Ayurveda and it’s Origin
Ayurveda has originated from the Vedas and is said to be an Upaveda (sub-Veda) of the Rig Veda. Ayurveda may also be traced to the Atharvana Veda.
Vedas are the knowledge of universal consciousness, which comprises of-
• Anadi (No Start)
• Sanaathana (Always Existing)
• Ananta (Endless)
Vedas are the embodiment of the universal truth and the ultimate knowledge, which always exist in the universe. This makes Ayurveda is eternal and endless. The written documents of Ayurveda exist since 6000 -5000 BC. The famous sage Veda Vyasa was the first to put the complete knowledge of Ayurveda into writing.
Descent of Ayurveda
Ayurveda is an eternal science that existed in the universal consciousness. Brahma (The Creator) first recollected the science of Ayurveda. Brahma taught this wonderful science to Dakshaprajaapati, Dakshaprajaapati taught it to Aswini kumara, who in turn taught it to Indra.
Bharatvaja atreya & Dhanvantari
When diseases began to trouble human beings in this world causing hindrance to acquisition of dharma (righteousness), artha (wealth), kama (desires), moksha (salvation), the sages met in the assembly of the Himalayan slopes. After a deep discussion they decided to learn Ayurveda from Lord Indra. Then Rishi Bharatvaja was elected as their representative and he was sent to Lord Indra.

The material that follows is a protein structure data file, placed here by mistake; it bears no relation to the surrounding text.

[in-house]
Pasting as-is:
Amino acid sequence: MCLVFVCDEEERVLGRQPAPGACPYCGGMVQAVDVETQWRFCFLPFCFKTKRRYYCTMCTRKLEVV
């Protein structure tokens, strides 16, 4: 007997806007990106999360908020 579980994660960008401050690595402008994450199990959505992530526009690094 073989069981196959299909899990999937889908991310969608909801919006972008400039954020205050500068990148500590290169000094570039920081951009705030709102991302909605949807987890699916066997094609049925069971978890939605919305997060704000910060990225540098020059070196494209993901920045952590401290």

Bharatvaja after learning the Science of Ayurveda thoroughly came down and propagated it to the other sages. Punarvasu Atreya one among them propagated this science of Ayurveda to his disciples Agnivesa, Bhela, Jathukarna, Parasara, Haritha & Ksharapani. Each one of them wrote treatises embodying the teachings of their preceptor. Agnivesa's treatise was adjudged as the best and became popular in this world.
The sages who came in the lineage of Bharatvaja are called Bharavajeeya parampara. The sages who came in the Bharatvajeeya parampara excelled as physicians. The famous sage of Bharatvajeeya parampara is Charaka who was the disciple of Agnivesha. He has made an excellent treatise in Ayurveda called Charaka Samhita. It was written in early 1000 BC.
At another time Divodasa, the King of Kasi, who is said to be the incarnation of Adi deva Dhanvantri (the god of Ayurveda), learnt this science directly from Lord Indra. He taught this to Aupadhenava, Vaitharana, Aurabhra, Pauskalaavata, Karavirya, Gopura Rakshita & Susruta. Each one of them made their own treatises on this science. The sages who came in the lineage of Dhanvantari are called Dhanvatareeya parampara. They excelled in surgical treatments. The famous sage of Dhanvantareeya parampara is Sushruta. He has made an excellent treatise Sushruta samhita. Sushruta is said to be the "father of surgery". In his book he has explained various surgical procedures. Sushruta samhita was written in early 1000 BC.
After their period around 500AD there comes another famous sage Vagbhatta. He wrote a treatise named Astanga Sangraha by collecting the essence from all the previous treatises. It has three pillars of medical science, viz. Hetu (knowledge of cause of diseases - etiology), Linga (symptoms) and Aushada (therapeutics).